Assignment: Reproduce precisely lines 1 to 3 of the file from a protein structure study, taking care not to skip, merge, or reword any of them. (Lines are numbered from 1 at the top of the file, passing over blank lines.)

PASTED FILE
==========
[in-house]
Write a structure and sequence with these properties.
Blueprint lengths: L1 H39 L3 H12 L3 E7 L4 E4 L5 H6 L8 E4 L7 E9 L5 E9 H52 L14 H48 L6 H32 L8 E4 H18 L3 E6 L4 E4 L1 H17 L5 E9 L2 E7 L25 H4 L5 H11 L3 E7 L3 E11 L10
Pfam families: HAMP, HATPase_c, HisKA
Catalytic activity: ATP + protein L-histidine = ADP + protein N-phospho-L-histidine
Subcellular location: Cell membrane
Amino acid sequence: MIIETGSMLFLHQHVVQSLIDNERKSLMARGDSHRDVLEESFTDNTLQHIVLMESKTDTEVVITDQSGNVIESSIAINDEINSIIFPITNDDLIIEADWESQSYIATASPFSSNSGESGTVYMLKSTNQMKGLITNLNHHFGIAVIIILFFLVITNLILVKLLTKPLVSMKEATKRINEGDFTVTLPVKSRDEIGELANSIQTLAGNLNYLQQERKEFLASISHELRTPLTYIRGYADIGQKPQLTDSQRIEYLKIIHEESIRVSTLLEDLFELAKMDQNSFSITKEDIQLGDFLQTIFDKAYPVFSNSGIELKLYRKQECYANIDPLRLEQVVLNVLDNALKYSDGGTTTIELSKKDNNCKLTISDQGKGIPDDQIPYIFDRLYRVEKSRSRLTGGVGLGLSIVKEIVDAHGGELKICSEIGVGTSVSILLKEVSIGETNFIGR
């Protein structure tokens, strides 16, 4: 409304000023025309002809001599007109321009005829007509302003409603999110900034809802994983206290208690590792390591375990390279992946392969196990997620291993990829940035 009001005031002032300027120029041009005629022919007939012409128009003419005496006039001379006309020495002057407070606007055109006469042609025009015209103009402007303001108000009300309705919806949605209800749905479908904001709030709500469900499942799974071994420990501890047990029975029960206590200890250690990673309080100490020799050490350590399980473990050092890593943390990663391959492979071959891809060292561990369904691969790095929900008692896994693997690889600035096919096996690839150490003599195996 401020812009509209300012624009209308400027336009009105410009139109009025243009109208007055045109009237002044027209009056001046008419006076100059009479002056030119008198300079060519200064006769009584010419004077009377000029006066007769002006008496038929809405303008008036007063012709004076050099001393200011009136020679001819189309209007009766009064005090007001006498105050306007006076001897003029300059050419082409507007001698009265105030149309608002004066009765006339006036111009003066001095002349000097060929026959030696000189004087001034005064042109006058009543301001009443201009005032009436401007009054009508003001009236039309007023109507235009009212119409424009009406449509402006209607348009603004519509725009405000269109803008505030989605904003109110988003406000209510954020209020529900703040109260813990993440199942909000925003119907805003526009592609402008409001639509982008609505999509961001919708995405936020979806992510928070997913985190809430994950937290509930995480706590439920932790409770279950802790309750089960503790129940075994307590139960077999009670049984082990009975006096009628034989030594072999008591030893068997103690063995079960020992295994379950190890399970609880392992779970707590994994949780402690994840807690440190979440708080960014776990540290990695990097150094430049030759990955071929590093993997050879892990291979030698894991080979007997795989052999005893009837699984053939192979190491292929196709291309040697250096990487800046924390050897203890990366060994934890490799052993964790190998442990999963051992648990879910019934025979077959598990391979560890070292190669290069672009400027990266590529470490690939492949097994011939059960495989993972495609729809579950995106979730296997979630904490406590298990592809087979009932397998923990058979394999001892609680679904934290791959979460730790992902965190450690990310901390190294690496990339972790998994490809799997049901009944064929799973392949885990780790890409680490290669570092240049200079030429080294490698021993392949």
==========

[in-house]
Write a structure and sequence with these properties.
Blueprint lengths: L1 H39 L3 H12 L3 E7 L4 E4 L5 H6 L8 E4 L7 E9 L5 E9 H52 L14 H48 L6 H32 L8 E4 H18 L3 E6 L4 E4 L1 H17 L5 E9 L2 E7 L25 H4 L5 H11 L3 E7 L3 E11 L10